The night before, our class drove from Alexandria to Colonial Williamsburg. The drive was … cramped, to say the least, but we made it safely to our destination. This morning, we would have the opportunity to explore the colonial town for the first time. Our first day in Williamsburg didn’t have a lot of structure compared to the other days. We would meet as a class, walk to the town, and split up except for lunch and dinner.
A majority of us met up at the Governor’s Palace, where we walked around the grounds before entering the house. We enjoyed looking at the elaborate set-up, exclaiming over brightly colored fabrics and guns covering the walls of the house. Amidst all of this finery, there was one thing that caught our group’s attention: the rum punch in the dining room! But I think that came from our hunger more than anything. We ended up sneaking out of the house tour early to meet our class for lunch — thank goodness, too!!
After lunch, the re-created Raleigh Tavern offered colonial dance lessons. Not everyone wanted to attend, so we split off into smaller groups to explore the rest of the town. Kelly, Adam, A.J., and I decided to see what the dancing was all about. Inside the tavern, we found an instructor accompanied by two musicians. As we made our way to the back of the room, the instructor called for everyone’s attention. They began by teaching us how to “show honors,” or rather, bow and curtsy. It was so funny to see everyone in jeans and shorts trying to act so formal! Then, the instructor gave people the opportunity to come to the center of the room and learn how to do a Virginia minuet. The version that my classmates and I did was a little bit more complicated than the kids’ version, but it reminded me of the two-step they showed us at Mustang Corral — lots of group circles and “wheels!” But we definitely had a blast with it!! However, I did snicker a little bit when the instructor thanked us for “stepping a country dance” with her. I’m a Texas native, and I have an entirely different perspective when it comes to country dancing!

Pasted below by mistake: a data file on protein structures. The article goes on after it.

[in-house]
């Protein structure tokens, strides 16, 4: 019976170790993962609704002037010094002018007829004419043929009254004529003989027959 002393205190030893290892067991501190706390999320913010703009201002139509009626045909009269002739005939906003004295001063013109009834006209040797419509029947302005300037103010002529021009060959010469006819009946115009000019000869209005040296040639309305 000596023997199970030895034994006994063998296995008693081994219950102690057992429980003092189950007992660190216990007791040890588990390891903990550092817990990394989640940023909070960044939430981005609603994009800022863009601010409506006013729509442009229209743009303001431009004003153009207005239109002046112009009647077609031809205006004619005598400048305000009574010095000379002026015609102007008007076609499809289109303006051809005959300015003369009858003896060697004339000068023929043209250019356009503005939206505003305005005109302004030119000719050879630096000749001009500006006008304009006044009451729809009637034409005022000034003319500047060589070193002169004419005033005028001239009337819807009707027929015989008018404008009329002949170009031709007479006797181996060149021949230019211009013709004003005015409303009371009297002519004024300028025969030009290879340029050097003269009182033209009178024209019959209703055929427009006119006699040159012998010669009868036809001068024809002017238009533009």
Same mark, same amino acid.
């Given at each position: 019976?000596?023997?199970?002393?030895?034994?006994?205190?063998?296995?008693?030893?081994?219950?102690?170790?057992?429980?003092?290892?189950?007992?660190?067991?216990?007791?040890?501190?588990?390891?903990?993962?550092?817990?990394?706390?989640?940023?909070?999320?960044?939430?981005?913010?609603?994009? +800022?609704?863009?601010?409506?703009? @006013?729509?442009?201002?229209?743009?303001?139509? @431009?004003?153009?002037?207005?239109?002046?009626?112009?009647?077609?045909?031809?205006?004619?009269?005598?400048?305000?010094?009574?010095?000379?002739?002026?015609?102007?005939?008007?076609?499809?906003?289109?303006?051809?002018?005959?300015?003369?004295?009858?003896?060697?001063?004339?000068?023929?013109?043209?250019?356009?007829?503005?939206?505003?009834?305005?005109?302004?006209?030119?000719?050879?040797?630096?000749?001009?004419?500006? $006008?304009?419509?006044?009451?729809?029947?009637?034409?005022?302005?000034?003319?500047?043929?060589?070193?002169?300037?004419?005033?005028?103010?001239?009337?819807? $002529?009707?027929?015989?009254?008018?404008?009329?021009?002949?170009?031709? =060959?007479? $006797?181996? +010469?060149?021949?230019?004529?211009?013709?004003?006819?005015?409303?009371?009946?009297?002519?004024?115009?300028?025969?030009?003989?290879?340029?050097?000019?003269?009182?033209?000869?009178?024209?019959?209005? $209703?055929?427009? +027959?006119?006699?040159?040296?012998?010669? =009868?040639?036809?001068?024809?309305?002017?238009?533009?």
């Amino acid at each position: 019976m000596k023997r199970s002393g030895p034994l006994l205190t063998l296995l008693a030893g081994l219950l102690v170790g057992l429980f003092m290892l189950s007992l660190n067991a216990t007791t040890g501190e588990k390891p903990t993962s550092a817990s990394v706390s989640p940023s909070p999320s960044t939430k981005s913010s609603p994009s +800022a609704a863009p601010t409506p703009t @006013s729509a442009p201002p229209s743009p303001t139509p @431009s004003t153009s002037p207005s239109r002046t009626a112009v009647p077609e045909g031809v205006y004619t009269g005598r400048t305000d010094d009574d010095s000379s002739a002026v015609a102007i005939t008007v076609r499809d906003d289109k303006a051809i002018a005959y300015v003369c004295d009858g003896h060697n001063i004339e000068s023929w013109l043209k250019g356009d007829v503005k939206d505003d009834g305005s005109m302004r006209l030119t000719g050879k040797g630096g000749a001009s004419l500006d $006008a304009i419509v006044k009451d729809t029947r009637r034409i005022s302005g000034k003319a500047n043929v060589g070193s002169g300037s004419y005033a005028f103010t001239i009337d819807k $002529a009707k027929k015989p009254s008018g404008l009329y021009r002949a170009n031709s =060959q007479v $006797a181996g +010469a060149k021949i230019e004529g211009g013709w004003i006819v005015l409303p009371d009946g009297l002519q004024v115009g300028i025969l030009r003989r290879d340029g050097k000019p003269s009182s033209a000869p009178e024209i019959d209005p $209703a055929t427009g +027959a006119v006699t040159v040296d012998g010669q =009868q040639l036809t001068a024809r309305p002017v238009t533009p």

Our afternoon was spent exploring Williamsburg, much like the rest of our classmates. We even found an authentic colonial bakery … complete with refrigerators and Coca-Cola! Some of the other students went to a program called the Offering of the Ladies, which sounded incredibly interesting. There were actors portraying Martha Washington, Martha Jefferson, and Elizabeth Randolph. Andrew and Lucy, who were both at the program, said it was interesting to see how they were connected by all of the struggles that ladies faced in their time. Ms. Spaniolo also attended this event, and, like the students, she enjoyed the interesting perspective that the actors gave. She added that it was interesting to see how the women interacted with slavery — it was as if they viewed slaves as the background worker bees (which they were). They acted as if they ran the plantation or traveled completely by themselves, and Martha Jefferson even went so far as to call the slaves “my people,” as opposed to addressing the slaves’ true station in life.
Morgan and Emily took the afternoon to check out the different shops and buildings along the main street. They seemed to like the apothecary a lot. Morgan said the shopkeeper told them how colonial people used different trees and plants for their ailments, including actual licorice bark! They also got to see the Capitol, where they had a wonderful tour guide. Jessica and Courtney spent their afternoon watching the wig maker and the silversmith, which they enjoyed because they could see how the products were made and had the opportunity to buy the products as well.